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A near-empty street in Singapore’s Chinatown area on August 3. Photo: Bloomberg

Singapore to relax social-distancing rules for fully vaccinated residents

  • Those who have received two doses will be able to dine out in groups of five. Currently, residents can only gather in pairs, and dining out is banned
  • They can also use the gym without wearing a mask, as the island nation becomes the first Southeast Asian nation to differentiate treatment for inoculated individuals
Singapore’s fully vaccinated residents will enjoy relaxed social-distancing restrictions from Tuesday, including the ability to dine out in bigger groups, the government’s Covid-19 task force said on Friday.
The relaxed rules for those who have received two vaccine doses – who now account for 67 per cent of the country’s 5.7 million people – will come at the halfway mark of a month-long round of fresh restrictions imposed following a dramatic rise in community cases.
The task force also said Singapore would begin recognising the vaccinated status of those inoculated with jabs that were not part of its national vaccination programme, such as those produced by China’s Sinovac and Sinopharm.

Singapore’s programme uses the Pfizer and Moderna vaccines.

The authorities said the relaxed rules for vaccinated individuals were part of a “transition stage towards a Covid-resilient nation” made possible by the country’s rising vaccination rate.

Coronavirus: Singapore’s expats wait anxiously as city state mulls reopening

From Tuesday, fully vaccinated individuals will be able to dine out in groups of five, and go to gyms without wearing a mask. Residents currently can only gather in pairs, and dining out is banned.


Unvaccinated persons can only eat at hawker centres and coffee shops, and in pairs, the health ministry said, noting that the open-air venues had natural ventilation.

The differentiation in treatment for vaccinated individuals is a first in Southeast Asia, as the island nation maintains its position as the country with the highest per capita vaccination rate in the region.

Its vaccination rate has gone from 50 per cent on July 22, when the current set of restrictions were put in place, to 67 per cent as of Thursday.

The government expects this to climb to 70 per cent by August 9, Singapore’s 56th national day.


“This actually makes us one of the most highly vaccinated countries in the world, and puts us in a strong position to start our transition process to a Covid-resilient nation,” health minister Ong Ye Kung said.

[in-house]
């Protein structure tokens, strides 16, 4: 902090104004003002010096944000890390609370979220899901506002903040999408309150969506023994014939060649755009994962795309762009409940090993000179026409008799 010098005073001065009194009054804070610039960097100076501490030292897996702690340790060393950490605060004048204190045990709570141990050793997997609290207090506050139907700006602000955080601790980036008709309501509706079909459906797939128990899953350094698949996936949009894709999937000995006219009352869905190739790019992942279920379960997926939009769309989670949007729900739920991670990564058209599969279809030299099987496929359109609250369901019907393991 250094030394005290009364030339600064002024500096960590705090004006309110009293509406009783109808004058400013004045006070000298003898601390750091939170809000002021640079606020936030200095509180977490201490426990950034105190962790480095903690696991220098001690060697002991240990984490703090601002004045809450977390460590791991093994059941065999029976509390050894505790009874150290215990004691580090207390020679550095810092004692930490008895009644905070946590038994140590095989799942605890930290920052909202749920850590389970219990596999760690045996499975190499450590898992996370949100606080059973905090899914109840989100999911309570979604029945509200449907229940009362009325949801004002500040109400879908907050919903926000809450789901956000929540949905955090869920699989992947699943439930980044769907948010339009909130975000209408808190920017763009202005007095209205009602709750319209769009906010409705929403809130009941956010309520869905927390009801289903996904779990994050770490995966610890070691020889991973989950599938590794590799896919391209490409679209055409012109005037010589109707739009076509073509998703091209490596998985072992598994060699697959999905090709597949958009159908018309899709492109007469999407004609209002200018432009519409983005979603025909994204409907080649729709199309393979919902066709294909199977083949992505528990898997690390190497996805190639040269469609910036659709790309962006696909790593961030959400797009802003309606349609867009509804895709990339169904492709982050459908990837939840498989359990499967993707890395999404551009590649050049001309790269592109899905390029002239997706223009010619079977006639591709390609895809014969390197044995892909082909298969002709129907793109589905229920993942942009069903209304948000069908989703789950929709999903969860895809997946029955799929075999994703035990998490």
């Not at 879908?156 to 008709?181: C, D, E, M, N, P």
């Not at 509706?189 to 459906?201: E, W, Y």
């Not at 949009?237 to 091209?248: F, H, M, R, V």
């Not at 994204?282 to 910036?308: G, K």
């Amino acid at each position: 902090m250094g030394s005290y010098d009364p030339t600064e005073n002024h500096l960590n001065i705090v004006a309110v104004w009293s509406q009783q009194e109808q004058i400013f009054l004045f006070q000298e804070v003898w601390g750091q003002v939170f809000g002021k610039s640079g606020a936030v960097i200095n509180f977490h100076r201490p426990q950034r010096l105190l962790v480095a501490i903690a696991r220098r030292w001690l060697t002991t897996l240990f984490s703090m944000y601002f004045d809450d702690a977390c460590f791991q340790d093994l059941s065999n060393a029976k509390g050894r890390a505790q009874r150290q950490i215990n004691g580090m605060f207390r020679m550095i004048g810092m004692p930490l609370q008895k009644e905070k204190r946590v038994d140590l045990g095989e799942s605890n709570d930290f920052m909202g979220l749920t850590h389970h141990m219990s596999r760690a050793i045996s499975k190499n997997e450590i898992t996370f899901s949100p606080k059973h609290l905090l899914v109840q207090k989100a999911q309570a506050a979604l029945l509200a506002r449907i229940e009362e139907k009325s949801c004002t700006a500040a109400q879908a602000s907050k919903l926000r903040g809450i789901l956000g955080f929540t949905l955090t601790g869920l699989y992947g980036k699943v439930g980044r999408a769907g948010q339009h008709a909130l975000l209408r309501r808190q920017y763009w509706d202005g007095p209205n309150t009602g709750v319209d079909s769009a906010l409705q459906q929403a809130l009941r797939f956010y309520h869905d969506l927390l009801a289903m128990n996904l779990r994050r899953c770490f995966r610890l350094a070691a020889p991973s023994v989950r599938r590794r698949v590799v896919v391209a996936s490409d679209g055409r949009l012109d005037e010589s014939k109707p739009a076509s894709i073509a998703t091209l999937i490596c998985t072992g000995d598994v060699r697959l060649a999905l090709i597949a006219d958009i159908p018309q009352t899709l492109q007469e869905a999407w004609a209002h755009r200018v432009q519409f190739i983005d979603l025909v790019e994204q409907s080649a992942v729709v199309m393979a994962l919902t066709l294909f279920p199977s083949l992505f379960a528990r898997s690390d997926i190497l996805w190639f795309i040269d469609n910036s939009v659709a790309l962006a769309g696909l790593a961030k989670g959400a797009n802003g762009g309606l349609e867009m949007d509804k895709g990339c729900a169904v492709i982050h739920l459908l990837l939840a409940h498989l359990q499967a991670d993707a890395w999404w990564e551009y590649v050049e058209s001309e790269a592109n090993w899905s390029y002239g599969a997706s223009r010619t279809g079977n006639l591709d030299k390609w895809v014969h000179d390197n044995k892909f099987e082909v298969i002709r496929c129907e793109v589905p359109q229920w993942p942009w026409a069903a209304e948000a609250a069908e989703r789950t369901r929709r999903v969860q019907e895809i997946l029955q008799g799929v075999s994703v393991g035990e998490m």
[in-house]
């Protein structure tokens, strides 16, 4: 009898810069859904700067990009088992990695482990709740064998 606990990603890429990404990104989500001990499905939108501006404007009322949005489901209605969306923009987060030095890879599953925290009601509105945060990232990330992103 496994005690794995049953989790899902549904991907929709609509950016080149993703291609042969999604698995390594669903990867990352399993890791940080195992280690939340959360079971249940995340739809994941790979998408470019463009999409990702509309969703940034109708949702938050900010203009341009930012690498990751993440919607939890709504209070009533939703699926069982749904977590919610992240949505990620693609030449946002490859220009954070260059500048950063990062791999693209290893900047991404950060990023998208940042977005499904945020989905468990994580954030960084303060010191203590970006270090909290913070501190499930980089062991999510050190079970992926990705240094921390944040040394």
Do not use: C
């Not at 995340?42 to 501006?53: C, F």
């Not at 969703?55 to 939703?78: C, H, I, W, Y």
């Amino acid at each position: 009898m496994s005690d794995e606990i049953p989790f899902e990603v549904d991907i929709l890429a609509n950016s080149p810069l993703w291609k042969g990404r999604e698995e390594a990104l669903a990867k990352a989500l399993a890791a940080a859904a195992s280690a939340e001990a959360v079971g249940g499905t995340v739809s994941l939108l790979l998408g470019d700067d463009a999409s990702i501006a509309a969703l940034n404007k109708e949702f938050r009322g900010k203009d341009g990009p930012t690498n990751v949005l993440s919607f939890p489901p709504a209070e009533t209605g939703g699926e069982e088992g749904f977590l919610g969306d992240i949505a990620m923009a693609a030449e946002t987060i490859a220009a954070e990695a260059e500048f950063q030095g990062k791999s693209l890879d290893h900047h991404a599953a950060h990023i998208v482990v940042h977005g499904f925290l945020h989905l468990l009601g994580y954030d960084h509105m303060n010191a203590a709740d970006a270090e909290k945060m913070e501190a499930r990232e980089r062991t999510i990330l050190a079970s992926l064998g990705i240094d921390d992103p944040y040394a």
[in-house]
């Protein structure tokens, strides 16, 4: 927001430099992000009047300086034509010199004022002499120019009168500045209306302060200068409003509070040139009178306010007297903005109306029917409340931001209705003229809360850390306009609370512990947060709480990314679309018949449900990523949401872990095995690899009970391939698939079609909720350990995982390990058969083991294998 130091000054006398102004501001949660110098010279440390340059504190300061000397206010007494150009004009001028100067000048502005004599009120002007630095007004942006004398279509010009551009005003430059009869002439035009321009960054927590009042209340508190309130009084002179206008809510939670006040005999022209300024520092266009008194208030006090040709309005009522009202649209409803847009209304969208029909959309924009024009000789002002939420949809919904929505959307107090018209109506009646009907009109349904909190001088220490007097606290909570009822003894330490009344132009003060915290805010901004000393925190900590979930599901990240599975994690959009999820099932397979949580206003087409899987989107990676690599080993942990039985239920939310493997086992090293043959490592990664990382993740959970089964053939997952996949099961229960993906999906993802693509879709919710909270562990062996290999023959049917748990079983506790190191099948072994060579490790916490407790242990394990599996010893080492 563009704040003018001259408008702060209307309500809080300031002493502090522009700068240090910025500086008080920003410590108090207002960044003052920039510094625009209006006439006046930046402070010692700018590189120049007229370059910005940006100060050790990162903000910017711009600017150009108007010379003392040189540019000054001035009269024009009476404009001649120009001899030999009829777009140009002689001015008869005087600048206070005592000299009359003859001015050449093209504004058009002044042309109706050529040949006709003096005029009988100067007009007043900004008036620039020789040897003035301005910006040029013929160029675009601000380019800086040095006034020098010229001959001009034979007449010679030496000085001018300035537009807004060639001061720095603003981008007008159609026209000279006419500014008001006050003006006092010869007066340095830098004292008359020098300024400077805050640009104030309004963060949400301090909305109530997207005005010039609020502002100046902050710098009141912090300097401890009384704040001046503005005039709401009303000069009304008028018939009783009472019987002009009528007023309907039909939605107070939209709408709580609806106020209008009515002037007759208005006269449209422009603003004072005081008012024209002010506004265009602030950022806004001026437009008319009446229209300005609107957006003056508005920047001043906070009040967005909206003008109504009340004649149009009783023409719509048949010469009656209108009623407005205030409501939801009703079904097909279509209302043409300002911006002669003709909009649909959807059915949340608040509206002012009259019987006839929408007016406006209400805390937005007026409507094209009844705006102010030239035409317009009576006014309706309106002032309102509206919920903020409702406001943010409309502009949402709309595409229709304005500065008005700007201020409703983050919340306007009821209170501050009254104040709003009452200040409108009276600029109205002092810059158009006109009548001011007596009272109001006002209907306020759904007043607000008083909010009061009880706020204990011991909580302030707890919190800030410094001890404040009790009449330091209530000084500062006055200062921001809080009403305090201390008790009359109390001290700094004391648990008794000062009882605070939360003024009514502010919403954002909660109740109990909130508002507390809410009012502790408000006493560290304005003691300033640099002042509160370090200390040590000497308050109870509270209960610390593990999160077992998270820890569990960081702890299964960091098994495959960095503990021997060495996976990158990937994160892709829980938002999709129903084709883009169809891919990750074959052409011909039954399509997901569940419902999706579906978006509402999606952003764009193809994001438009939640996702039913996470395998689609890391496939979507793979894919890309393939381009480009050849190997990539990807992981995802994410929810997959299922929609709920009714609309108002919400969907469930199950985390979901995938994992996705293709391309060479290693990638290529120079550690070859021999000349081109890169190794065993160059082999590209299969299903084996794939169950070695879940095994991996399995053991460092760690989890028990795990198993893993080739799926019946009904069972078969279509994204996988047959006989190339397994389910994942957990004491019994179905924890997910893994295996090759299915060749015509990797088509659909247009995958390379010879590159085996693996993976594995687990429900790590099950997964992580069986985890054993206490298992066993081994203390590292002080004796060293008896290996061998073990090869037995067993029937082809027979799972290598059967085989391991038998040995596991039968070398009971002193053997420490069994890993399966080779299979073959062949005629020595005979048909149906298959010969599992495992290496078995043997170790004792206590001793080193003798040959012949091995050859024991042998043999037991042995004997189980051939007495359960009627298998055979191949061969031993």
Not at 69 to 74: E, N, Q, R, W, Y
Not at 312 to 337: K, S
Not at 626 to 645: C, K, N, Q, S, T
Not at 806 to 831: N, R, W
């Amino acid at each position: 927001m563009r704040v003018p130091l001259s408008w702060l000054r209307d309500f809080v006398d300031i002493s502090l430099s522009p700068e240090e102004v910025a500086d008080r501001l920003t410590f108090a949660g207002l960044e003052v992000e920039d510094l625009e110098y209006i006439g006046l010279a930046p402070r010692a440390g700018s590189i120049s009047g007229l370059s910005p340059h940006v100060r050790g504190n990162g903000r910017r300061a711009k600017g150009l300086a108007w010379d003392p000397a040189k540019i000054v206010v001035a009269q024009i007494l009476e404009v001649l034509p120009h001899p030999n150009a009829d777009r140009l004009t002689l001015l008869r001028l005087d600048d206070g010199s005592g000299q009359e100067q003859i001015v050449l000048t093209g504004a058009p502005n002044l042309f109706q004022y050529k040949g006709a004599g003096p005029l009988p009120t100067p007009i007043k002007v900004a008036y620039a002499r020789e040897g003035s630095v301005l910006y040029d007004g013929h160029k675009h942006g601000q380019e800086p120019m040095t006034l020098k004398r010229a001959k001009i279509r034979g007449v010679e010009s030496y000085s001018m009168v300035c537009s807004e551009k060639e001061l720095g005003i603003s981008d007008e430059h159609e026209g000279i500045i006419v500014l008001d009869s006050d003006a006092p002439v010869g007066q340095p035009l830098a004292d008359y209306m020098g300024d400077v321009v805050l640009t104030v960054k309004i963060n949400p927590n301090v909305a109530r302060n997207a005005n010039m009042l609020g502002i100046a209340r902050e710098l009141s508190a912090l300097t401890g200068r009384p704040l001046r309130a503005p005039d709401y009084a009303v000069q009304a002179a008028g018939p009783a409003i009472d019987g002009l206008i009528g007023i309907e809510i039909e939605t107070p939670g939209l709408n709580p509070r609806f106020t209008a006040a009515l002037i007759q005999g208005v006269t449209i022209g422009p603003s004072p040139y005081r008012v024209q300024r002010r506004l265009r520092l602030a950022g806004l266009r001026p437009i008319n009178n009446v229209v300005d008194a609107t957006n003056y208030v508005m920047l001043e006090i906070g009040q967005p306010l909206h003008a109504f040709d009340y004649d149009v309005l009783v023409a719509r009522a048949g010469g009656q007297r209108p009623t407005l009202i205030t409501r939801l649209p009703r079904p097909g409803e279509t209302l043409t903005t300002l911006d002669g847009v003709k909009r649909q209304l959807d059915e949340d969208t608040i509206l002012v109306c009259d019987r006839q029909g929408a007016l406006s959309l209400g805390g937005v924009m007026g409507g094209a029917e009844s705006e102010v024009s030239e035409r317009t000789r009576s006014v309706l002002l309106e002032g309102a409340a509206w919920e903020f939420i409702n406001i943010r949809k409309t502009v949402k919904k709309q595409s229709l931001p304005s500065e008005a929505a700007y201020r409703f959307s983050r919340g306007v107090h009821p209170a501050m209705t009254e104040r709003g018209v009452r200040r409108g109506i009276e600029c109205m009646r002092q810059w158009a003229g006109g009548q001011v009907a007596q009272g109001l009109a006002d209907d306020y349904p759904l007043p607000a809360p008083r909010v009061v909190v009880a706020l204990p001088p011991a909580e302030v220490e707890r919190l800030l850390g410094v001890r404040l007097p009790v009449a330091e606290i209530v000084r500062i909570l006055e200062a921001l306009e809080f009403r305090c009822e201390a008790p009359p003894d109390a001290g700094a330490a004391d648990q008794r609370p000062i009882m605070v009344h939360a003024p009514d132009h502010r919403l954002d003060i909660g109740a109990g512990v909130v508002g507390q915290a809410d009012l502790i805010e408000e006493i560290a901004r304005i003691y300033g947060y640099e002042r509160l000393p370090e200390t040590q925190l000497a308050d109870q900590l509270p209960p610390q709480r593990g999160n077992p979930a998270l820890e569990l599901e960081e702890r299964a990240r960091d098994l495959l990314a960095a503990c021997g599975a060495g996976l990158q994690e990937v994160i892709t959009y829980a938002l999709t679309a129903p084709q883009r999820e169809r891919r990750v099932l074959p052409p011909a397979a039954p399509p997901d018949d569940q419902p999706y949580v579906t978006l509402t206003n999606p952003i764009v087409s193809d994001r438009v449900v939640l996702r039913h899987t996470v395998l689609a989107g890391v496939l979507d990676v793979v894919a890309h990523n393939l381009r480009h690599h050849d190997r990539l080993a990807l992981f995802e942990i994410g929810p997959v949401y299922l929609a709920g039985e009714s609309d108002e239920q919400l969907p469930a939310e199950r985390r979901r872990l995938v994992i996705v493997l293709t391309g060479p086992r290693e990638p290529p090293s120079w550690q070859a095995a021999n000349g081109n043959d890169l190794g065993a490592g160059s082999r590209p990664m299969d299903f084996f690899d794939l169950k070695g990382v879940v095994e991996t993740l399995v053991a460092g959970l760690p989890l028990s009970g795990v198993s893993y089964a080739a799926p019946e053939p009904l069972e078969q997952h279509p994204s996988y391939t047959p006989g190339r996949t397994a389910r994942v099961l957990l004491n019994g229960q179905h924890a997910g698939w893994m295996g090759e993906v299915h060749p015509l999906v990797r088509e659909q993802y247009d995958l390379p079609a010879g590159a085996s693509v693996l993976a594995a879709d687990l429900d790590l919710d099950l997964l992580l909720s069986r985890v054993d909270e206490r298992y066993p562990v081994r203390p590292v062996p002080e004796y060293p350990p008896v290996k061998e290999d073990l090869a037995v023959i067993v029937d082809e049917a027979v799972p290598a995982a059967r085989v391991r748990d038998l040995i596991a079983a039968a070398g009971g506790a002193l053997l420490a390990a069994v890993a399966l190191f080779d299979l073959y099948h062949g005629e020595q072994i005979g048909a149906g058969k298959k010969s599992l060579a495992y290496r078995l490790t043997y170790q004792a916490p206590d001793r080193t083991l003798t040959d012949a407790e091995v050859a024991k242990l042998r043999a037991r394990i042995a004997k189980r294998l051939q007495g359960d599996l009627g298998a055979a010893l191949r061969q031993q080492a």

People have meal at a hawker centre in Singapore on July 20. Photo: Xinhua

The next stage of reopening is on August 19, when capacity limits for shopping malls, event sites and activities – such as worship services, cinemas and live performances – will be increased. Work-from-home requirements will also be eased, with 50 per cent of employees allowed to return to the workplace.


Overseas travel will be on the cards when Singapore achieves a vaccination rate of 80 per cent, likely in September. The authorities had previously said they thought that rate would be reached next month, at which time they would consider quarantine-free travel for fully inoculated people.

On reopening borders, health minister Ong reiterated the government’s position that an early easing of restrictions was crucial to keep Singapore’s trade-reliant economy going.

Coronavirus: Singapore study of mRNA vaccines’ effect on Delta raises hopes of shorter isolation periods

Singapore had previously unilaterally allowed quarantine-free travel for visitors from China, Brunei and New Zealand, among other places.


“We hope not too long from now, they will reciprocate the opening, and then we will have travel corridors open,” Ong said.

He also warned that as Singapore opens up, the number of infections and deaths would likely inch up, with the health minister asking residents to be psychologically prepared for such a scenario. There were three deaths in this week alone, involving three unvaccinated individuals between the ages of 34 and 79, bringing country’s total number of deaths to 40.

“What’s important at that time is to strike the right balance; make sure that hospital capacity is not overstretched and we can keep severe illnesses … and even deaths under control,” Ong said. “But chances are, they will rise if we want to protect livelihoods and open up the economy and social activities.”